I mention all this because Caiaphas’ proposal—that it is better for one man should die for the people rather than the whole nation should perish—is simply one more example of what Girard would call “the scapegoating mechanism.” Like so many before him, the high priest believed that the divisions and conflicts threatening to divide and destroy Israel, can only be healed if everyone unites against Jesus as a scapegoat. He was wrong in this belief, of course, terribly, joyfully wrong. Rather than staying dead, like a good scapegoat, Jesus sprang back to life! Instead of binding together the nation, the sacrificial mechanism fell apart when it met the Son of God whom death could not contain. The Crucified One who rose from the dead finally dismantled the process by which we found nations and establish peoples. Since the Cross, we can no longer use violence against others to bind up our societies, no matter how hard we try.

What has all this got to do with September 11th? Simply that what the hijackers did that day was yet another desperate attempt to enact Caiaphas’ plan. Where Caiaphas proposed that one man should die for the people, the extremists hoped that by sacrificing themselves and thousands of innocent lives in one single violent act, they could unite the Islamic peoples and rise up together against those they call the “western crusaders.” And as it did before, the plan went wrong. Once again, the Gospel exposed what was supposed to be glorious and righteous act, and revealed it to be nothing less than bloodthirsty, callous, destructive violence. On September 11th, the hijackers tried to establish yet another nation through violence, blood and death, but today, on third day, the Cross is lifted up, empty of its prize, proclaiming to the whole universe that Christ has trampled down death by death, has undone it, dismantled it, and deprived it of its power. Death can no longer hold men captive, and kingdoms founded on death can no longer stand.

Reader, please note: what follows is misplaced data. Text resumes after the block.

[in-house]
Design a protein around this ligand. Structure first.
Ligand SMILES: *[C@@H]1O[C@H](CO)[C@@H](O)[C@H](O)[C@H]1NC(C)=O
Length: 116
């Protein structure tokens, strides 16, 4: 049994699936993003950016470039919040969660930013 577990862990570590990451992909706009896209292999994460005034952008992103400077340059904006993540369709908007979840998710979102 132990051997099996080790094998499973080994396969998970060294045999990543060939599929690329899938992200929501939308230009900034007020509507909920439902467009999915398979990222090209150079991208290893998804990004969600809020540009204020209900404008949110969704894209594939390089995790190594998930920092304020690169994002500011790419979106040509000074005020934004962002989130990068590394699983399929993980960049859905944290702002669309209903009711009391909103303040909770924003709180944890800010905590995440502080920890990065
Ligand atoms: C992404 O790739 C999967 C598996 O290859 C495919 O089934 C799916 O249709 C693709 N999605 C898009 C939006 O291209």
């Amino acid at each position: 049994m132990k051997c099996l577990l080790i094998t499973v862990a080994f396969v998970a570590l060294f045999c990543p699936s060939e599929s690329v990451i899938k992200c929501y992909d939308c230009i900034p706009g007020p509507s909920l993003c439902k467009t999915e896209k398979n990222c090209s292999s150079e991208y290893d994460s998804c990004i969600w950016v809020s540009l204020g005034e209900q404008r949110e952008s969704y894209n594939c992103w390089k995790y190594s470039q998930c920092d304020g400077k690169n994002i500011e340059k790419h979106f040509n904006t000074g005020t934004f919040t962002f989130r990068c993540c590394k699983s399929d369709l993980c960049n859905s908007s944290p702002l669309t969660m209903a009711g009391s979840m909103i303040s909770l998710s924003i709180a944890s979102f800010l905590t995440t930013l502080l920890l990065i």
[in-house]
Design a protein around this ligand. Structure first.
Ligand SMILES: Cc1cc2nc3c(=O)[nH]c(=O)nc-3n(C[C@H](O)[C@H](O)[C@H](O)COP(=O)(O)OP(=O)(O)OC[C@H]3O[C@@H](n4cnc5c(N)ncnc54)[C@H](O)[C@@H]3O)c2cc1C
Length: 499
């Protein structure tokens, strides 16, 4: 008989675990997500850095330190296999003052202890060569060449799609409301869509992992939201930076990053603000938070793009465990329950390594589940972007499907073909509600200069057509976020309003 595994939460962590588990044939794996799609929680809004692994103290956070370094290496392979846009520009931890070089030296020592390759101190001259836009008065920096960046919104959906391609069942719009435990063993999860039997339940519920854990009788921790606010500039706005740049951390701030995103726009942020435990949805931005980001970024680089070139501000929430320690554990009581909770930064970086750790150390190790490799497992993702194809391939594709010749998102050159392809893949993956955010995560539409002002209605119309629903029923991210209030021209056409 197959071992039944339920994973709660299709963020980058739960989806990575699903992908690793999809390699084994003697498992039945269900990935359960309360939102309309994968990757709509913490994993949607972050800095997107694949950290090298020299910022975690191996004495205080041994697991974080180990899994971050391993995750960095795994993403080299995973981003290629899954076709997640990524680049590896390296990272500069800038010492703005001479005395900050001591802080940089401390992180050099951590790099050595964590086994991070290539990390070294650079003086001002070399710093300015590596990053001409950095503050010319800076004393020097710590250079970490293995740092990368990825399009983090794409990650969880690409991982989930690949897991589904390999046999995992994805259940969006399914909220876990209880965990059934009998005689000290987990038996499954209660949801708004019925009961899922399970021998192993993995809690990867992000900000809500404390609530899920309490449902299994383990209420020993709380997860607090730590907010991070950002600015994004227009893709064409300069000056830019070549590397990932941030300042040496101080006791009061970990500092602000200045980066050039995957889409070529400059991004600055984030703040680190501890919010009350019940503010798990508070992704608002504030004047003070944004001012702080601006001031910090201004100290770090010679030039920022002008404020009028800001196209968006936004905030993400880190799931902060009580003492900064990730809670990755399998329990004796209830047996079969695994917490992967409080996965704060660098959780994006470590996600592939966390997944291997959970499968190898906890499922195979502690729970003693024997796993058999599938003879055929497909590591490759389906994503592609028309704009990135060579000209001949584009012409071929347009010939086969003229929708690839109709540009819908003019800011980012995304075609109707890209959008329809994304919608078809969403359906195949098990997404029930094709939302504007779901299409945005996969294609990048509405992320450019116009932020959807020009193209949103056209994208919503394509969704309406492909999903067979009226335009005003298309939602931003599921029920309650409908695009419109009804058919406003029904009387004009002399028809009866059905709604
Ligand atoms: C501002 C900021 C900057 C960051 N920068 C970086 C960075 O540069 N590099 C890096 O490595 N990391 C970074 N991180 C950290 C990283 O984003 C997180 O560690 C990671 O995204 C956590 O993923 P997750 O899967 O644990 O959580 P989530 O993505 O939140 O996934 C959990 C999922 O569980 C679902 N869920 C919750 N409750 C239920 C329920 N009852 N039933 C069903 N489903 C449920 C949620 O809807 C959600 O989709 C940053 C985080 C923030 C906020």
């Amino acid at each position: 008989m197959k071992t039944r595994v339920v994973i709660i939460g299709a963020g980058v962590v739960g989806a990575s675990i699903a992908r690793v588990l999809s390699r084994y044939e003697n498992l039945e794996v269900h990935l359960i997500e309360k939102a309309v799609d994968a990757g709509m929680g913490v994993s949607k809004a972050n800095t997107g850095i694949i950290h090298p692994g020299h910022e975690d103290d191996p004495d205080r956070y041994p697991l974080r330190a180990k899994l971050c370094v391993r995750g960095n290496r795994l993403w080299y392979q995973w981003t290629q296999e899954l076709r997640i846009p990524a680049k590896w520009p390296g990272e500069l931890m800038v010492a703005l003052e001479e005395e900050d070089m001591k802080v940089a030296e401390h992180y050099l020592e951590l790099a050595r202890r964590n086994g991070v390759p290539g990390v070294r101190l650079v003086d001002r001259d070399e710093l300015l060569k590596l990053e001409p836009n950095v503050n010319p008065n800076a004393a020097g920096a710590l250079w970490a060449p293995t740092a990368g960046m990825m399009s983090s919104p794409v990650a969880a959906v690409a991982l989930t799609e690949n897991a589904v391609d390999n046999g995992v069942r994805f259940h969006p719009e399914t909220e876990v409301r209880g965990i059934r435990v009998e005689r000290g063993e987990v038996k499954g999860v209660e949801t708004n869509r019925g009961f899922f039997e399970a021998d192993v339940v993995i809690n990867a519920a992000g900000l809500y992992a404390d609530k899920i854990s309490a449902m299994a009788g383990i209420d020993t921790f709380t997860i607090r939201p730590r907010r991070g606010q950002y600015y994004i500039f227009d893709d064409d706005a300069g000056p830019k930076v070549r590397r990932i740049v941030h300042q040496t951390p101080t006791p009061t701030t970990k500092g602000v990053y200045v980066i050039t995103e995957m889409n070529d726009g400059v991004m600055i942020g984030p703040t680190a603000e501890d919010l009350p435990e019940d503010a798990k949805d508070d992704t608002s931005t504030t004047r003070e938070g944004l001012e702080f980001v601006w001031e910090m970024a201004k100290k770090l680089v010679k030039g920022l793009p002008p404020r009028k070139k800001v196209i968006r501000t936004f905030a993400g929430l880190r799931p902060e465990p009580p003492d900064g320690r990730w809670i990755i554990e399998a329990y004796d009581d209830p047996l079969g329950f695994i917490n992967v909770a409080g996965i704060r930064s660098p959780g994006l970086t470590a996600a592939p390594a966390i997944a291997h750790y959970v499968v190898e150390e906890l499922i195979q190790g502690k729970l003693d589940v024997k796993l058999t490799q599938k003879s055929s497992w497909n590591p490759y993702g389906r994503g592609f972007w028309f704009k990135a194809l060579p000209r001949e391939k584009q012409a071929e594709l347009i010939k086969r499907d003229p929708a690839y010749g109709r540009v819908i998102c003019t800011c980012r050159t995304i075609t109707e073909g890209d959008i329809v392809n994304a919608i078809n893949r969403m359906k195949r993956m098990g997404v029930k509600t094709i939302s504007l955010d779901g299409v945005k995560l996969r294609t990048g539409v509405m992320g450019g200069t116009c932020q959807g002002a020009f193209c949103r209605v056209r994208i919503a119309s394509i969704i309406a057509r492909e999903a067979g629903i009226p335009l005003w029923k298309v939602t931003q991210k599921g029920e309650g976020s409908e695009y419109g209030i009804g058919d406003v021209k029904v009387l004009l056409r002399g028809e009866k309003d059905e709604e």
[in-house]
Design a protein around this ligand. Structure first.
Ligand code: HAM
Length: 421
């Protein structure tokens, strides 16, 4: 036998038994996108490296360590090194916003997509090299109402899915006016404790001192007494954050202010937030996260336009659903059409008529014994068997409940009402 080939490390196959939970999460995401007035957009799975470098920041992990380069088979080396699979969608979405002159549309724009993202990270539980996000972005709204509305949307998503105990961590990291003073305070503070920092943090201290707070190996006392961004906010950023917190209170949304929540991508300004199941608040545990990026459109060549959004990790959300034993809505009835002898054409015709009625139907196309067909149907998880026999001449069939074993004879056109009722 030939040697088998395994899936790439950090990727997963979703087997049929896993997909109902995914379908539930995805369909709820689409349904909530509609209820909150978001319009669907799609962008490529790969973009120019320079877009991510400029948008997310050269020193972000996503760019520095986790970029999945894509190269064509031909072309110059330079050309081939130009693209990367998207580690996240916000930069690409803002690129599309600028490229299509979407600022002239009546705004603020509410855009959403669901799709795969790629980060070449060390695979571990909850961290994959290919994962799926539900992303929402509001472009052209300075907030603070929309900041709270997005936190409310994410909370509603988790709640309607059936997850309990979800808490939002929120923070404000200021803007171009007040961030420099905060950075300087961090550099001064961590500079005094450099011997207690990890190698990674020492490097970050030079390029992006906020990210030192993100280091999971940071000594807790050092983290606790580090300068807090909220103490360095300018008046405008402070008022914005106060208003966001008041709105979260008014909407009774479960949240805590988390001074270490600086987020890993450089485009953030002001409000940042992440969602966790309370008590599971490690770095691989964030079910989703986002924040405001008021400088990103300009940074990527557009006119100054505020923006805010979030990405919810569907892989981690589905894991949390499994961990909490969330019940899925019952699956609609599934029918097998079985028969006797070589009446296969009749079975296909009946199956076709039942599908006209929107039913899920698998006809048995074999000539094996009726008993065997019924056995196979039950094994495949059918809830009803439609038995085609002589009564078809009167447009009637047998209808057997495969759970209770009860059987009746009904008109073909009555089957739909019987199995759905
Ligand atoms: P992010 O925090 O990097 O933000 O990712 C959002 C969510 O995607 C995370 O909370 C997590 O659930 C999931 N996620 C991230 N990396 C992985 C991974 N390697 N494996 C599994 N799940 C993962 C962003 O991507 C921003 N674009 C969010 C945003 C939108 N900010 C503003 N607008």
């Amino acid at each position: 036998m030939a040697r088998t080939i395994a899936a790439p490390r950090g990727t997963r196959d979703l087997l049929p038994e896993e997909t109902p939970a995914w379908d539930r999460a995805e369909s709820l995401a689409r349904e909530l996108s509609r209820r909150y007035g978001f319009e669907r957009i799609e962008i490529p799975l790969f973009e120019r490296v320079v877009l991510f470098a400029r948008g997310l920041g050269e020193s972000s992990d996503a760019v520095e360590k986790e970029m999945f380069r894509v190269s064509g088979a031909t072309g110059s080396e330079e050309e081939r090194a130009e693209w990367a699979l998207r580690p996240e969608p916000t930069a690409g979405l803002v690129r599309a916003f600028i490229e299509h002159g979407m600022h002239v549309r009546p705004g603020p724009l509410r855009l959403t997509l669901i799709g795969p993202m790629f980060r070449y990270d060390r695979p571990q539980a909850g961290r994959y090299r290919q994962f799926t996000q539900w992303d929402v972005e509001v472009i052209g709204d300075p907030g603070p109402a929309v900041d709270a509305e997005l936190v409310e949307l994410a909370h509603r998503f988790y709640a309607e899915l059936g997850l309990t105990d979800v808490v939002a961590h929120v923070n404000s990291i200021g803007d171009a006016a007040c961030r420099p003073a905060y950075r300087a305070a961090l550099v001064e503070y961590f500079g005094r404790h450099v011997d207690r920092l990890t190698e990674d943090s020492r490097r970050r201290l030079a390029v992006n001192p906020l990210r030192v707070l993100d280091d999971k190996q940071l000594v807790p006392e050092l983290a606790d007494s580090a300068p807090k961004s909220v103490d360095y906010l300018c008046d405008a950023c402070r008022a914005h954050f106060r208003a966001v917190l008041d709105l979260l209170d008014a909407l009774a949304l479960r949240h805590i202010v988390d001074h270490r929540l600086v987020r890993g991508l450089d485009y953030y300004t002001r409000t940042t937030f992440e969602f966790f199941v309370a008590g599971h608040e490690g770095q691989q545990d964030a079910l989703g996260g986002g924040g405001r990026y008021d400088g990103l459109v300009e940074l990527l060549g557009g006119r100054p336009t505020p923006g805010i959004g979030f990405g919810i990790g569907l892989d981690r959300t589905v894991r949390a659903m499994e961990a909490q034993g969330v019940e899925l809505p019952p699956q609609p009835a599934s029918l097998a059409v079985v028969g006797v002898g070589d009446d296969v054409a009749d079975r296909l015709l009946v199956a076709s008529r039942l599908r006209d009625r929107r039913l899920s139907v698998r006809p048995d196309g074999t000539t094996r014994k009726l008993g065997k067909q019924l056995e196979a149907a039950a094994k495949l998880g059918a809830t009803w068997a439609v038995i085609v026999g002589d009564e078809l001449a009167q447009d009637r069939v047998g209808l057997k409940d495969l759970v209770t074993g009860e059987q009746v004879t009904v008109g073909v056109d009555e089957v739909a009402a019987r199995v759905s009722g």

Our challenge today is to answer the death of September 11th with the resurrection of September 14th. The Exaltation of the Cross challenges us to build one Christian nation—a people united in God through Christ—but on a different foundation than the kingdoms of this world. While they establish peace by silencing their victims, we must confront our own temptation to blame others for our sufferings and struggles. This feast of the Cross challenges us to hear their voices crying out, like the blood of that first scapegoat, Abel, but unlike Cain, who ran away from his scapegoat and built the first worldly civilization to conceal his murderous act, we must repent. We must strive to identify daily with the sufferings of those whom we would treat as rivals and scapegoats; to see them in the compassionate light of our shared humanity; and ultimately, to meet in them the One who identified with us and died with us, so that He might draw all of us to Himself, uniting all of us into one nation, the one glorious inheritance of the Most High God.

Fr. Richard René

We will be celebrating the Exaltation of the Cross with a Vesperal Liturgy on the eve of the feast (Thursday, September 13th) at 6:30pm.

Reflection on the Nativity of the Theotokos

My dear friend and brother in Christ, Fr. Richard René, has agreed to gift us with what I hope will be a series of reflections on the great feasts we celebrate throughout the year. Today, on the great feast of the Nativity of the Theotokos, I share his first reflection with you all…

We are all aware that the school year began this past week. What may not be so clear to us is that the liturgical year also began a week ago, on September 1st, and that the first Great Feast of the Church liturgical year is the birth of the Virgin Mary, the Mother of God.